The chart below is quickly becoming (we would argue) one of the most important charts in macro. It shows the weekly series of mortgage purchase applications as tracked by the mortgage bankers association. In January of this year, this series moved rapidly higher after falling rapidly in Q4 of 2022. This led many homebuilding companies to issue positive outlooks for 2023, assuming the worst was over and the recovery was on its way. We were skeptical at the time, and recent data throws the “all clear” call many have made into the blender.

In February and March, MBA purchase apps have fallen to levels not seen since 1996. This is not a sign of a healthy housing market. In order for demand to return to housing (and arguably for economic activity to bottom and improve) either interest rates have to move lower, or housing prices have to fall significantly. We view the latter as more probable with +3.6% unemployment and a Fed that seems committed to re-setting the economy to a more normal level of interest rates.

So what does this mean for REITs? Simply that it is not time to sound the all-clear. With credit stress clearly spreading, the risk to equity prices and real estate prices remains skewed to the downside. Fundamentals are falling but not yet bottoming. At some point REITs and other equities will be cheap enough that the market will clear and the worst will be behind us. We are not there yet (in our opinion).

**One note of optimism on this front. Distress has begun to appear in the Office REITs and select Lodging REITs. Again, we are not ready to jump into either sector with two feet, but prices are depressed enough to merit extra vigilance. Any M&A activity could cause 20-30% moves higher in either sector.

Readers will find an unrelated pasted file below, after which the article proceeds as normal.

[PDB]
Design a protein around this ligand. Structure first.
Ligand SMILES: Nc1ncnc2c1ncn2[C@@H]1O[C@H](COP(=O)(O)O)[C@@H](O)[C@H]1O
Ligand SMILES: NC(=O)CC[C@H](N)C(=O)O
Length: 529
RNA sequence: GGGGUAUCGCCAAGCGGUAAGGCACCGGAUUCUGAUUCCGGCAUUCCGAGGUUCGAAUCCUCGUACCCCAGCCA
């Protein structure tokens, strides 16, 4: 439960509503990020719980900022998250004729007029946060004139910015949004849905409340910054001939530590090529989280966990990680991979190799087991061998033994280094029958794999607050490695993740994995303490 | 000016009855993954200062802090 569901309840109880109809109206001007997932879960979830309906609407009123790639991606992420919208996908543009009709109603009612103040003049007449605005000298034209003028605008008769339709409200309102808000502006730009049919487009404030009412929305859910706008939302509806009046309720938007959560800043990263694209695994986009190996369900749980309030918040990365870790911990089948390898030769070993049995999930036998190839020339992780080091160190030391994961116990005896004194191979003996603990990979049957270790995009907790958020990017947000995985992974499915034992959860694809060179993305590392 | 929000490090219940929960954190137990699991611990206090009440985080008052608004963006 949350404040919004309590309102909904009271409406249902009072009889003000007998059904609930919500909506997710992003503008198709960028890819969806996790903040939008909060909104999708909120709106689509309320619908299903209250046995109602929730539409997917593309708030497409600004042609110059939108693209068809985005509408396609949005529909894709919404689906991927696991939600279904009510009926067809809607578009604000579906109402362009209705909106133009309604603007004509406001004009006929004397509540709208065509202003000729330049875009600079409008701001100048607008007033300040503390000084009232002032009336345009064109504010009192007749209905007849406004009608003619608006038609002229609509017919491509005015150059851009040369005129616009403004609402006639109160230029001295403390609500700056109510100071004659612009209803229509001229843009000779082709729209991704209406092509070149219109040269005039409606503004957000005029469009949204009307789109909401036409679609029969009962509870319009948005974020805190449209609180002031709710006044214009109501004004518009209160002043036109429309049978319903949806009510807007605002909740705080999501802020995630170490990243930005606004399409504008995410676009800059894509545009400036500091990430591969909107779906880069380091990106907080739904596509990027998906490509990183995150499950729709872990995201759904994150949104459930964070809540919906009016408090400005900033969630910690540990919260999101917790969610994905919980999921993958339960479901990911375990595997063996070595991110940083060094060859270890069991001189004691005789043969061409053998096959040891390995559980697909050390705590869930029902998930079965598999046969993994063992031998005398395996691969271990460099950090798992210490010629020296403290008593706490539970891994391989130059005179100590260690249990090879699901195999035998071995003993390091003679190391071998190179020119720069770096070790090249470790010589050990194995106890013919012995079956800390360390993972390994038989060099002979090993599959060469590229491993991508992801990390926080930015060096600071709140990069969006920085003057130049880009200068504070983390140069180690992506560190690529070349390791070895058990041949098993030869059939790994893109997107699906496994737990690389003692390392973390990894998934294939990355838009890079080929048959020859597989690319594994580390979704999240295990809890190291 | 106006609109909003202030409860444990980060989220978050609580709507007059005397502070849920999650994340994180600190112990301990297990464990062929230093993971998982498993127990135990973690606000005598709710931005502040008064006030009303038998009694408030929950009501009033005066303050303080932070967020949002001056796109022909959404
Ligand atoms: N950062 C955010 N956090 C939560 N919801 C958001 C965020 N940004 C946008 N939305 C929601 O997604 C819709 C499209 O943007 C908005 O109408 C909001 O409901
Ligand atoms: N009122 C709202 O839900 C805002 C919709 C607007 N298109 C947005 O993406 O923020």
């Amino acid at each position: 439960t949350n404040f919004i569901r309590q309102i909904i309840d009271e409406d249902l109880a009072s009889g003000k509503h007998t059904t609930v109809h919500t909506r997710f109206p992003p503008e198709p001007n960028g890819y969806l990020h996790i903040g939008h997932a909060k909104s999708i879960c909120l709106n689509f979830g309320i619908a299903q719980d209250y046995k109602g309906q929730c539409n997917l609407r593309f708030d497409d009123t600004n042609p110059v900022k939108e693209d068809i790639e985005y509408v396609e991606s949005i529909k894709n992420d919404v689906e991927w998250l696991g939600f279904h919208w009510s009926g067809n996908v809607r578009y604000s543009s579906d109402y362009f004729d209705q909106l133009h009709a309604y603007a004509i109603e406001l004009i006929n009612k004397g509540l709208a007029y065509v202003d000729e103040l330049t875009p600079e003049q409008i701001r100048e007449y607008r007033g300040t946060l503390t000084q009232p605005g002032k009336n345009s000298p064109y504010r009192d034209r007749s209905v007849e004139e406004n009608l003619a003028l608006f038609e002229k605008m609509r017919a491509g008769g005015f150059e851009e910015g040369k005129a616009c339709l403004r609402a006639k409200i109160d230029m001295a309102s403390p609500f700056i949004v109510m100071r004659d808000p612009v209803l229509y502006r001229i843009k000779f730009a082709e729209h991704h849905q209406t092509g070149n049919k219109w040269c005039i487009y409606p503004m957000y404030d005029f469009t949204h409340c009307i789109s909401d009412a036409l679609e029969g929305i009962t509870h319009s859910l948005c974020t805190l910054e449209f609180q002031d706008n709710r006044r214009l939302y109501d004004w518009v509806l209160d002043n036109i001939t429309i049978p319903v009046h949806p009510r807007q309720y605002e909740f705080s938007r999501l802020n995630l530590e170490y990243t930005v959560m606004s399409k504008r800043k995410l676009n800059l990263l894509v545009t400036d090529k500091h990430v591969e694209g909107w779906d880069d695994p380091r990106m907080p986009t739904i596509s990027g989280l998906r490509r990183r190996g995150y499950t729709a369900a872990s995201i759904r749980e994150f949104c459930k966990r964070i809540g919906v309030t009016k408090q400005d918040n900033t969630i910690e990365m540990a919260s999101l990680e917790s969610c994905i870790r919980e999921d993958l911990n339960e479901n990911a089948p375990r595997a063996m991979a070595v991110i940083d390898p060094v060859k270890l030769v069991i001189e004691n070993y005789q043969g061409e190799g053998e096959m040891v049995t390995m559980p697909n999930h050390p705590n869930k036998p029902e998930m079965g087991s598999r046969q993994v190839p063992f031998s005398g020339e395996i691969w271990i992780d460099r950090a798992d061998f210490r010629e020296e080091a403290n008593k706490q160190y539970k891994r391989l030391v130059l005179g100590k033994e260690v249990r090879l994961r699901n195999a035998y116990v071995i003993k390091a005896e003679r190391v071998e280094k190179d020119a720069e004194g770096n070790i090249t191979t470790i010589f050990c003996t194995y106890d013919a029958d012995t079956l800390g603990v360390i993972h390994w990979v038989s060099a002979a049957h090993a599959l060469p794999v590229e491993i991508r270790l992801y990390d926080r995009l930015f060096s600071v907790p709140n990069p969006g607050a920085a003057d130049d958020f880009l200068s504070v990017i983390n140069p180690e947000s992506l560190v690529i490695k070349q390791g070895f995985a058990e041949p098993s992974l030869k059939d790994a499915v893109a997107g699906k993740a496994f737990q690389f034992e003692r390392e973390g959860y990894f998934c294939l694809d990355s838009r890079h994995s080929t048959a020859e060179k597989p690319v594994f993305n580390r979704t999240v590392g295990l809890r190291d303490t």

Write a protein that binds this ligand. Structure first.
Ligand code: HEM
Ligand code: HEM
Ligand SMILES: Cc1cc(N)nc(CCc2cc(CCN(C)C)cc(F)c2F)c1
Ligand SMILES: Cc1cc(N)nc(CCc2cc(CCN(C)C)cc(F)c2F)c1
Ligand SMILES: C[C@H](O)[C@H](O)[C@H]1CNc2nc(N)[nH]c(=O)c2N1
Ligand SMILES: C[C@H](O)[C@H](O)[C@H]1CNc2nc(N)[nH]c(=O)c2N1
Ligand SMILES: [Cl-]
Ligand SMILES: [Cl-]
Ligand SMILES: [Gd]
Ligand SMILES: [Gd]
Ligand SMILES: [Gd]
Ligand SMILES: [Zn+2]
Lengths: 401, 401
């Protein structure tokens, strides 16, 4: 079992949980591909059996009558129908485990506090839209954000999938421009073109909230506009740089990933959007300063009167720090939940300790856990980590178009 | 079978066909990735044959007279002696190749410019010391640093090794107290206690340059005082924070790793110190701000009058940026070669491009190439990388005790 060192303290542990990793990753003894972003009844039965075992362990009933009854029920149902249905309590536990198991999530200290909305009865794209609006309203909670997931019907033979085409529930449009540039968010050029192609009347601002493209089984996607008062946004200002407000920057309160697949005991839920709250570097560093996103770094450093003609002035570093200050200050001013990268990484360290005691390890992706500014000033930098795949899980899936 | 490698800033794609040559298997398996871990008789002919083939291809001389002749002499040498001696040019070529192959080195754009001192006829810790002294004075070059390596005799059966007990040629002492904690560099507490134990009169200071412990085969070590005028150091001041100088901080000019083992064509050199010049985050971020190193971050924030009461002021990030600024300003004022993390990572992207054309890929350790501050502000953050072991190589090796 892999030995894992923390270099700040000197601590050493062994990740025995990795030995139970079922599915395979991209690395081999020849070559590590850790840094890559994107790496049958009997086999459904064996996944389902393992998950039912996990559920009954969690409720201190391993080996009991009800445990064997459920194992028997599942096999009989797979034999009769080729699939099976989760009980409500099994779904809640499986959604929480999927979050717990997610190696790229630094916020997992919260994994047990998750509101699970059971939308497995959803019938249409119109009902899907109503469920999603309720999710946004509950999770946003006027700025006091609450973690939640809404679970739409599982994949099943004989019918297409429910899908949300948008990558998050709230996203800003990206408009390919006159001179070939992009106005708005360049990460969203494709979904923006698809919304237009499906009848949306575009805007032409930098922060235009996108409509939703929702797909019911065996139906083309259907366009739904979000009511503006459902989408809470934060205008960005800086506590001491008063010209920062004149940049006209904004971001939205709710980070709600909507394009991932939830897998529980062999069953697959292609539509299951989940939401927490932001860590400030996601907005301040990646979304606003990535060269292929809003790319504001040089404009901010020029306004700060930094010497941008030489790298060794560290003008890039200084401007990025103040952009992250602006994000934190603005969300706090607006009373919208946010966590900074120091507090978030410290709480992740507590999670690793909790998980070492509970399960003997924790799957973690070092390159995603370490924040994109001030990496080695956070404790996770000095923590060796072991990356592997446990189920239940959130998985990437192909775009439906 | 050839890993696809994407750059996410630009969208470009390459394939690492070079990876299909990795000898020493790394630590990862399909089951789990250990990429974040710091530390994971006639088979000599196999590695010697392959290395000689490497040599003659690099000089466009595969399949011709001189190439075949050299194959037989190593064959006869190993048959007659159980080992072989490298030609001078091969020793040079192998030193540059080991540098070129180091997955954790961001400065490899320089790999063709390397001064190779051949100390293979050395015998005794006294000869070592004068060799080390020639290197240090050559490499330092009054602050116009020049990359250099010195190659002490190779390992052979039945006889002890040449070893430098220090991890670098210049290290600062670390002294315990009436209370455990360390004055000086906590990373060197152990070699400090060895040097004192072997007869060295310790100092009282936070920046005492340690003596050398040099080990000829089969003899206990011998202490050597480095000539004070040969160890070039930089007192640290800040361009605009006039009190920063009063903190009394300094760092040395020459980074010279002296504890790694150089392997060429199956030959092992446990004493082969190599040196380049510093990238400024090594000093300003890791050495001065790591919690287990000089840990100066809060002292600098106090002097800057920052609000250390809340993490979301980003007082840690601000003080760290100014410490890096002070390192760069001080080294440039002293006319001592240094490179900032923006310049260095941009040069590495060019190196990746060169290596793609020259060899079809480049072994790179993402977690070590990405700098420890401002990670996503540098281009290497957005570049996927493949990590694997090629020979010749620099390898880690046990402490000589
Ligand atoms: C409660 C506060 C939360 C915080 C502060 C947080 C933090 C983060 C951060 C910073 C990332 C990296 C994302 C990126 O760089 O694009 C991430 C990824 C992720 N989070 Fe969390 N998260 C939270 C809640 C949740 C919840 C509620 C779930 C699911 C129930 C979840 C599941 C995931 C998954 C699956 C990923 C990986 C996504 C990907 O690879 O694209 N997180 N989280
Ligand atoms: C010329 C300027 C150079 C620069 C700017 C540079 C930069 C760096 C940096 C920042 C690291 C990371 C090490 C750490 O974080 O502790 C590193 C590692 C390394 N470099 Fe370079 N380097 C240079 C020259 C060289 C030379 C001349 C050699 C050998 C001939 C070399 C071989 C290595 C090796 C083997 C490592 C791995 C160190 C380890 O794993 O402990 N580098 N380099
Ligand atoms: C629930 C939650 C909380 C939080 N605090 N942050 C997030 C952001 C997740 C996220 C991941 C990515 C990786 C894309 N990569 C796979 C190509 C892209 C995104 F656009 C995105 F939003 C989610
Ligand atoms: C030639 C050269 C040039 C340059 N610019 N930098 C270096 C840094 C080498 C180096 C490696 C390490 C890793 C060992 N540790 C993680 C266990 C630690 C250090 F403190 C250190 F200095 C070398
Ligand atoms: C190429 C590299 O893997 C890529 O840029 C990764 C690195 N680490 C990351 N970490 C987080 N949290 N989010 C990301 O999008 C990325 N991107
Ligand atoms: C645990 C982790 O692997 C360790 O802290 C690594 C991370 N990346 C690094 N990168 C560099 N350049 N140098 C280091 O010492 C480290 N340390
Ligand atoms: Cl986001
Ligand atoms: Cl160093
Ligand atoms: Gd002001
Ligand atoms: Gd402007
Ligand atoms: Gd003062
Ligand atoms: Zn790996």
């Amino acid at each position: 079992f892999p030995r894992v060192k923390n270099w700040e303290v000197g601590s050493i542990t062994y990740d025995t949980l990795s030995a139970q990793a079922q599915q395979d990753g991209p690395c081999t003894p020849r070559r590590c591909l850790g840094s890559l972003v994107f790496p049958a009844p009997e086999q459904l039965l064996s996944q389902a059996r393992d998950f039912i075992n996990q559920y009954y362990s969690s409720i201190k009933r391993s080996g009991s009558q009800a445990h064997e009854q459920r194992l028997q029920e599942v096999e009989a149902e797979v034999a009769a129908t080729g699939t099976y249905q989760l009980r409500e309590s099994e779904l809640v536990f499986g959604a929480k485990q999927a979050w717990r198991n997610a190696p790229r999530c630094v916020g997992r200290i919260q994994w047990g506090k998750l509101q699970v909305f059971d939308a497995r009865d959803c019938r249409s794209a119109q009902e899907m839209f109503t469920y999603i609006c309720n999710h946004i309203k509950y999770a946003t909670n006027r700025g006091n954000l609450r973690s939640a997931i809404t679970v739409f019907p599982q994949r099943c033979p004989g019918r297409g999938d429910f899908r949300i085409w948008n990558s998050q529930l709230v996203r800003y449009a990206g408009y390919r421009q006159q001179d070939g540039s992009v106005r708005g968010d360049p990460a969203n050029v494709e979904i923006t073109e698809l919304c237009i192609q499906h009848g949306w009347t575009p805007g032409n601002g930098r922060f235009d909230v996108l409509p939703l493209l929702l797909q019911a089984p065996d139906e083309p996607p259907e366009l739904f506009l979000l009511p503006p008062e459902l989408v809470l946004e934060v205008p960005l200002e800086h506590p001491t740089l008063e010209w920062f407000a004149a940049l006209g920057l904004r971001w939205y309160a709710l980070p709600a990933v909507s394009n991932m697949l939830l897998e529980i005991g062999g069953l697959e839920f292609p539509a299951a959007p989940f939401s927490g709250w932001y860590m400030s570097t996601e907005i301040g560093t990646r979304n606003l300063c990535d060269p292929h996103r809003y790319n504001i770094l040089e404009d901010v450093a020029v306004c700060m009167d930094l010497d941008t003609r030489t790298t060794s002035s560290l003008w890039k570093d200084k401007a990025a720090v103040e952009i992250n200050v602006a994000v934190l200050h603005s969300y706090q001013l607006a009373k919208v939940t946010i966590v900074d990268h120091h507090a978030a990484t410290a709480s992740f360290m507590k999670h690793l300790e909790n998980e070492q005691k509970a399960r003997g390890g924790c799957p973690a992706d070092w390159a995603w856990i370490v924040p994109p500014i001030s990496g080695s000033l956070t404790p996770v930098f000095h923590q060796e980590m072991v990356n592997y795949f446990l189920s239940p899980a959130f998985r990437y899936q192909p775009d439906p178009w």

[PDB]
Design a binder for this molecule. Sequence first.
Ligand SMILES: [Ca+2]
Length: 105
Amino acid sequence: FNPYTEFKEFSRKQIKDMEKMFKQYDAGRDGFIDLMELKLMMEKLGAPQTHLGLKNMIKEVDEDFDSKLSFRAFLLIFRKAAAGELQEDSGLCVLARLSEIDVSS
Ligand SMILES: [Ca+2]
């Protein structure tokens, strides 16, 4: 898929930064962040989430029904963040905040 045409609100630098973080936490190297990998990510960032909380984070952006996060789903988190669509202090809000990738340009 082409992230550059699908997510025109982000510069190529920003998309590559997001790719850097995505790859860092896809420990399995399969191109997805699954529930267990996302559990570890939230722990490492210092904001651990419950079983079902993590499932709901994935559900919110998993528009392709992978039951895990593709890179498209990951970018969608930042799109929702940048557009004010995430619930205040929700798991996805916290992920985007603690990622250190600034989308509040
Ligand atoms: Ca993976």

THE TEST: Who survives an era of elevated volatility?

The economy has not experienced a real recession since the great financial crisis of 2008-2009. That was over 15 years ago. Within the last few days, we have seen the first bank run, bankruptcy, and resolution since that time. How many portfolios are prepared for a repeat of 2008?

Many REITs barely survived the last recession but emerged much stronger because of it. It taught the industry the importance of a well laddered debt maturity schedule, the danger of an outsized development pipeline, the pitfalls of leverage, and the importance of capital preservation going into a crisis. You can already see these lessons shaping REIT behavior in 2023. The sins of the REIT past have crafted some battle-hardened and recession resistant portfolios and balance sheets.

We have built our long book on these rock-solid REIT portfolios. Our short book is replete with companies that failed to learn the lessons of the great financial crisis. REIT ETF’s own the whole pie. Winners and losers alike.

Choose your REIT foundation carefully,

Martin D Kollmorgen, CFA CEO and Chief Investment Officer Serenity Alternative Investments Office: (630) 730-5745

**All charts generated using data from Bloomberg LP, S&P Global, and Serenity Alternative Investments